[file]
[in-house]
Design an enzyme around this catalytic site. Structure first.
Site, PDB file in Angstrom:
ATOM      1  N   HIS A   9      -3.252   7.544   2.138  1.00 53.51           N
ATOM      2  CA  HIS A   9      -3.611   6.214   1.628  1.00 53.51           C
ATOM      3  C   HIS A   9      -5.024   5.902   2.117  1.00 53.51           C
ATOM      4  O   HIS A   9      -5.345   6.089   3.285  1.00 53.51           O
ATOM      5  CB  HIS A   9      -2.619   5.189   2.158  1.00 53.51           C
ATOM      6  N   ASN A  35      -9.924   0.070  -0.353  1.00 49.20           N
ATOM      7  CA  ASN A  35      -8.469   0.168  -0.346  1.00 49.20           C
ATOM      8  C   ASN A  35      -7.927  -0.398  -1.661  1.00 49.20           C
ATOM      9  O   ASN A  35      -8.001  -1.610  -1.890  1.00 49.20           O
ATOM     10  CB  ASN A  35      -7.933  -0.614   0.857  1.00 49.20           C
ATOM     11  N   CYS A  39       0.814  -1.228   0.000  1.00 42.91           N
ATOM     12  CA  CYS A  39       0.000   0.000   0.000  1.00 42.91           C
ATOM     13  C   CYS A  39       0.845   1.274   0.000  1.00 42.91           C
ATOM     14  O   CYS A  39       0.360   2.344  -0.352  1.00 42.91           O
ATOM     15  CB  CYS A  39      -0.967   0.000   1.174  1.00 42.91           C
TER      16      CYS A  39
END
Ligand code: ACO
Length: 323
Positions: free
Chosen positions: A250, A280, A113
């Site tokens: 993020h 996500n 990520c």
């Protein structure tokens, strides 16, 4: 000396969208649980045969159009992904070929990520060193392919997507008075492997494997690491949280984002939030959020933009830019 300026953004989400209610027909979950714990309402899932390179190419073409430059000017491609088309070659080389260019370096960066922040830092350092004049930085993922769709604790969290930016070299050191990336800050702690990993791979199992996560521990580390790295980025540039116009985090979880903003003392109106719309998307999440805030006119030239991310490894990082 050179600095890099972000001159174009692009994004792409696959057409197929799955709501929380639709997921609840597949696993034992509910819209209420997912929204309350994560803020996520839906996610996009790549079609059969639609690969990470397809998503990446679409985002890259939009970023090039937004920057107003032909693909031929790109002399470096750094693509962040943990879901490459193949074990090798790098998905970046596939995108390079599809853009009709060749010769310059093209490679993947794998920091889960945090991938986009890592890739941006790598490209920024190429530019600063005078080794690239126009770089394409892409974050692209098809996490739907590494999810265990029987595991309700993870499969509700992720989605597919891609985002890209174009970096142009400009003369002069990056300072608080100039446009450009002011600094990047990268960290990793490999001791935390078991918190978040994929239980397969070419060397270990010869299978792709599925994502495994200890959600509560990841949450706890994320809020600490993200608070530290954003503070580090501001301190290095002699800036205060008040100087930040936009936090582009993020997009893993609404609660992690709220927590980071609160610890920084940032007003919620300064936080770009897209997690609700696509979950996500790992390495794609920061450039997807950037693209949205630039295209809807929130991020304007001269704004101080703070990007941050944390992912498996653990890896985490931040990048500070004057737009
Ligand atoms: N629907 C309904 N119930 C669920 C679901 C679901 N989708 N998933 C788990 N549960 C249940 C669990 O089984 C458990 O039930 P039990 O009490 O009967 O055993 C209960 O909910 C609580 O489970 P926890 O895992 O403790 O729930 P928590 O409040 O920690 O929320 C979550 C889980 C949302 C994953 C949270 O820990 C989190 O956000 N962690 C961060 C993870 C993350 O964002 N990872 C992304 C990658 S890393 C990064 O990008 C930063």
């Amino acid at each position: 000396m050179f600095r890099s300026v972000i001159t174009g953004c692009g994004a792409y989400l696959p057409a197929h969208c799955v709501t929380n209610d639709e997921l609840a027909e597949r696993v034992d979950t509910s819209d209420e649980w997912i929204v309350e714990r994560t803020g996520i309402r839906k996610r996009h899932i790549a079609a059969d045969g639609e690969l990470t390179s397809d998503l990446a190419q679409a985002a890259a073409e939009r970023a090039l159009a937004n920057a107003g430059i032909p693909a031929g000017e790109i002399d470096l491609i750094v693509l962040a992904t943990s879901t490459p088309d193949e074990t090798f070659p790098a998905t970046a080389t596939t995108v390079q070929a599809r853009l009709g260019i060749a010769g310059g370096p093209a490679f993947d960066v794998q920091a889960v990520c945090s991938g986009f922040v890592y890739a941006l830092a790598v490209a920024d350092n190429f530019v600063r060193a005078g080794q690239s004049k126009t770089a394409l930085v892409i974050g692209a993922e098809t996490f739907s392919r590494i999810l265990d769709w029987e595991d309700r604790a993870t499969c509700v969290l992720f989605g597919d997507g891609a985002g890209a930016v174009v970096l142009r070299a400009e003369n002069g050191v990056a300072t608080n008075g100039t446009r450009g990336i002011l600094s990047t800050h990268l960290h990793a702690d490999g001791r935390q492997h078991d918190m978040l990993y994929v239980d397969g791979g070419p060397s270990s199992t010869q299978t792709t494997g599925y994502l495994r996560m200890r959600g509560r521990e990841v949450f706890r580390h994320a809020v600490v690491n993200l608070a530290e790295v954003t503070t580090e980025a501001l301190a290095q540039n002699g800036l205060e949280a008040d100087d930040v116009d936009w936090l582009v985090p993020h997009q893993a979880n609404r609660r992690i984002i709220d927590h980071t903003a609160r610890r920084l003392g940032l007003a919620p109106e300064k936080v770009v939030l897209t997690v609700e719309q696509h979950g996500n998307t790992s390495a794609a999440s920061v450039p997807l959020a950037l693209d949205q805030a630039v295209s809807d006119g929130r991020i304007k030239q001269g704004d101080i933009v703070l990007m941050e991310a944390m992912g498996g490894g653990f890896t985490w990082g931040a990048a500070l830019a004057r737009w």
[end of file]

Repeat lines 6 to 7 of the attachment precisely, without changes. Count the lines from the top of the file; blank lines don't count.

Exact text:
ATOM      3  C   HIS A   9      -5.024   5.902   2.117  1.00 53.51           C
ATOM      4  O   HIS A   9      -5.345   6.089   3.285  1.00 53.51           O